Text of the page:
A fine dining experience in a vintage Pullman carriage in picturesque western Ireland with Sinatra’s dulcet tones overhead and sunset rays creating a golden tapestry outside –this romantic scenario is just one of the delights at Glenlo Abbey Hotel and Golf Course outside Galway city.
Others include basking in the 5-star hotel’s sheer Old World elegance – big open fireplaces with wicker baskets full of logs nearby, brass-framed mirrors, 19th century paintings, bronze sculptures, leather armchairs, moulded ceiling-work, soft, thick carpets, ornate porcelain vases and stylish chandeliers.
Or – after playing a round of golf at the hotel’s 9-hole course – retiring to one of the property’s two ambient bars, the ‘Palmer Whisky Bar’ named after the former owners of a Galway brewery called ‘Nuns Island,’ or to the basement ‘Oak Cellar Bar,’ the estate’s former kitchen dating from 1740, and its quiet outside terrace.
If that’s not enough to satisfy one’s holiday needs, there is always the hotel’s outdoor pursuits which include archery and falconry in a walled garden. Not only can guests enjoy the visual exhilaration of the majestic bird in full flight but also learn more about other birds of prey such as Tiny, a tropical screech owl, and Wolf, a European eagle owl, with a wingspan of almost two meters, all under the loving care of Jurgen, who possesses an encyclopedic mine of information about their pedigree and habits.
Glenlo (meaning in Irish ‘glen of the lough’) was built in 1740 by rich Anglo-Norman landowners, the Ffrench family, as a 140-acre estate to capture dramatic views from the low hills of Bushy Park sloping down to Lough Corrib and across the river to the villages of Menlo and Anglinam. It remained a countryside residence for over 240 years, undergoing various ownerships until it was bought by members of the Bourke family in 1984 who transformed the buildings into a 5-star hotel that opened in 1992 and turned the farmland into a parkland golf course and driving range, which now has nine covered bays and 12 outdoor ones.
Refurbishment continued when the Lally family took over in 2013 and continue even today, with finishing touches being put to a new 16-seat cinema suite, a 20-seat executive boardroom and a new billiards room.
Even more ambitious plans are in store. A five million euro development includes an expansion from 50 to 65 rooms, extension of the golf club house and banqueting facilities in the Corrib Suite, plus the launch of a new luxury spa with sunken garden that will feature a 15-meter lap pool, a thermal suite, an outdoor hot pool and four treatment rooms, all to be completed next year. Private external terraces will also be added to the ground-floor rooms and the existing car-park will be replaced with an ornate formal garden.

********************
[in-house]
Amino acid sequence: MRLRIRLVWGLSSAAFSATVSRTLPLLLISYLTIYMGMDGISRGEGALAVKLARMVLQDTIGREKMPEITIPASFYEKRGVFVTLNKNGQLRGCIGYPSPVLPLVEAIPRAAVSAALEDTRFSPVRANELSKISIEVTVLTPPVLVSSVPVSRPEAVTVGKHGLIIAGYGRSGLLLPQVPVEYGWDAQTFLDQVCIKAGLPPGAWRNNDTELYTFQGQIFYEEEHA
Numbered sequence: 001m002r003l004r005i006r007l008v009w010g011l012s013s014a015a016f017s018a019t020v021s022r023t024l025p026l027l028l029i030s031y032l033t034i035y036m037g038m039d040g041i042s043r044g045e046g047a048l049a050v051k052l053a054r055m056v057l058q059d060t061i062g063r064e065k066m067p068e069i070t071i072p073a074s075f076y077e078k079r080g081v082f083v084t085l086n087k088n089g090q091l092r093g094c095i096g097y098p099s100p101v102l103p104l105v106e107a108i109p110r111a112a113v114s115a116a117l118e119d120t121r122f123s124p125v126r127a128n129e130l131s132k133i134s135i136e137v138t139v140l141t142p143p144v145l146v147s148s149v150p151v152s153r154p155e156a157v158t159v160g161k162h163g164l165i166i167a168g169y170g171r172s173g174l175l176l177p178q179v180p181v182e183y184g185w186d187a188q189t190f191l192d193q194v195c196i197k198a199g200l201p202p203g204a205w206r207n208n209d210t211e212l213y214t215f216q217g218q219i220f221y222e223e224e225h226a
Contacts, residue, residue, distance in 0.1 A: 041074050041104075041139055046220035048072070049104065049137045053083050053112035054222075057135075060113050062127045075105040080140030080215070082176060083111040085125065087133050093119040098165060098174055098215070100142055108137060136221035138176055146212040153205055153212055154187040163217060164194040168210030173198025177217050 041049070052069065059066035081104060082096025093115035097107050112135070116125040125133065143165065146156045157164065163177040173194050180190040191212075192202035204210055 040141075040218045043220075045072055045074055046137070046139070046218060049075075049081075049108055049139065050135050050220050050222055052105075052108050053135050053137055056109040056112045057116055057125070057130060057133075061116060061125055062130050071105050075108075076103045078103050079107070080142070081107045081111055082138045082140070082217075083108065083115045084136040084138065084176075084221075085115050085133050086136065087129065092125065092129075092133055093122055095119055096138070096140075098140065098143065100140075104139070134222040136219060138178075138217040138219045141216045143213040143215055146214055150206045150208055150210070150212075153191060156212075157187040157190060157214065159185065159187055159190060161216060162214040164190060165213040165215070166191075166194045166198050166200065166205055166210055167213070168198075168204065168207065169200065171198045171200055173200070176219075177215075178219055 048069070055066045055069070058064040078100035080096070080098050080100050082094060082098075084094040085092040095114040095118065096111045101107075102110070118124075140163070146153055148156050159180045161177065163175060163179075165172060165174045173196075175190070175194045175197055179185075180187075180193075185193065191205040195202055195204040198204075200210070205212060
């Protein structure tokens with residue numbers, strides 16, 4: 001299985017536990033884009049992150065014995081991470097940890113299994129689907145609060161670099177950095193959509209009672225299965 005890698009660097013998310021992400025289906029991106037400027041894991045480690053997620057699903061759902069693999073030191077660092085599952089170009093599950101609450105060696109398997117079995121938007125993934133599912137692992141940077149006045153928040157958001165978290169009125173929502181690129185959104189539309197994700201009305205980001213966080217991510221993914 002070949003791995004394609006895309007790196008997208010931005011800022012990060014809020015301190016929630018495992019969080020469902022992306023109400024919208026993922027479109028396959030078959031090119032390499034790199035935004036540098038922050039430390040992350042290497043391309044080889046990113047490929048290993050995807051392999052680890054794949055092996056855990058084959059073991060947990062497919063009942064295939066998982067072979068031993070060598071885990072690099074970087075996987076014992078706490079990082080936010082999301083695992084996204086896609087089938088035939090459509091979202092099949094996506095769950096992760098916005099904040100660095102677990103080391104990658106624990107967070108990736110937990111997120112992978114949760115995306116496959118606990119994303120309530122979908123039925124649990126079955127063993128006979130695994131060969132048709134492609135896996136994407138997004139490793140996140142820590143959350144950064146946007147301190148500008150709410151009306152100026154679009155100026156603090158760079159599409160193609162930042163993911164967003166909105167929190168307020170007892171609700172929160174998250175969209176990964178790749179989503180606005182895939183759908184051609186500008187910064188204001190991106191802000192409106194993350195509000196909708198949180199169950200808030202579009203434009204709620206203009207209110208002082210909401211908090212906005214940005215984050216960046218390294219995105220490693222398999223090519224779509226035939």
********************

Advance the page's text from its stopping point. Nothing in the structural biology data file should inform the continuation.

The Lally family also own the Harbour Hotel and are part of the MHL Hotel collection that operates other Irish properties such as the Westin, Intercontinental (formerly the ‘Four Seasons’), Trinity City Hotel, Hilton Charlemont Place, Spencer, Beacon and Morgan, as well as the Limerick Strand Hotel.
But back to dinner in the plush Pullman carriage. Built in 1927, it was brought to Glenlo in 1997 and can cater for 66 guests. Lace curtains, period 1930’s suitcases on the overhead luggage rack, starched linen tablecloths, old-fashioned table lamps and even dwarfish street-lamps outside help to convey the nostalgia of a carriage standing at a station platform during the golden era of train travel. As for food, chef Michael Safarik ensures his culinary preparations highlight local produce (many of the herbs are from the hotel’s own garden) enriched by the skills of an innovative team. Seared king scallops, served as a starter, are paired with ham knuckle and pickled cauliflower and sprinkled with hazelnut. Another starter, butter poached langoustine, is accompanied by a bisque, a tapioca cracker, squid ink and sheep sorrel.
For mains, manor-farmed, corn-fed chicken with wild garlic, tender stem broccoli, fondant potato, cabbage and roasting pan jus competes for prime position with a monkfish dish served with sea spinach, purslane, Ballymakenny potato and Kelly’s mussels. A well-known writer once said wisely, “there is always hope if there is cake, and there’s always cake,” so make sure you try the Tonka poached pear with praline, chocolate and mascarpone or the yogurt pana cotta with lemon and coconut.
Afternoon tea, a tradition at the hotel, is also served in the Pullman on certain dates.
Excursions are plentiful in the area including boat trips along the Corrib, ferry or plane trips to the Aran islands or road-trips to the ‘moonscape’ Burren region or the Cliffs of Moher, the second largest cliffs in Ireland, after Sliabh Liag in Donegal.
For a combo of Old World elegance in a tranquil, west-of-Ireland setting and buzzing, hip city life within a ten-minute drive, there’s probably no better place than the Glenlo Abbey Hotel and Golf Course. Ask for room 310, spacious with broad views over the lough, the Pullman and the golf course.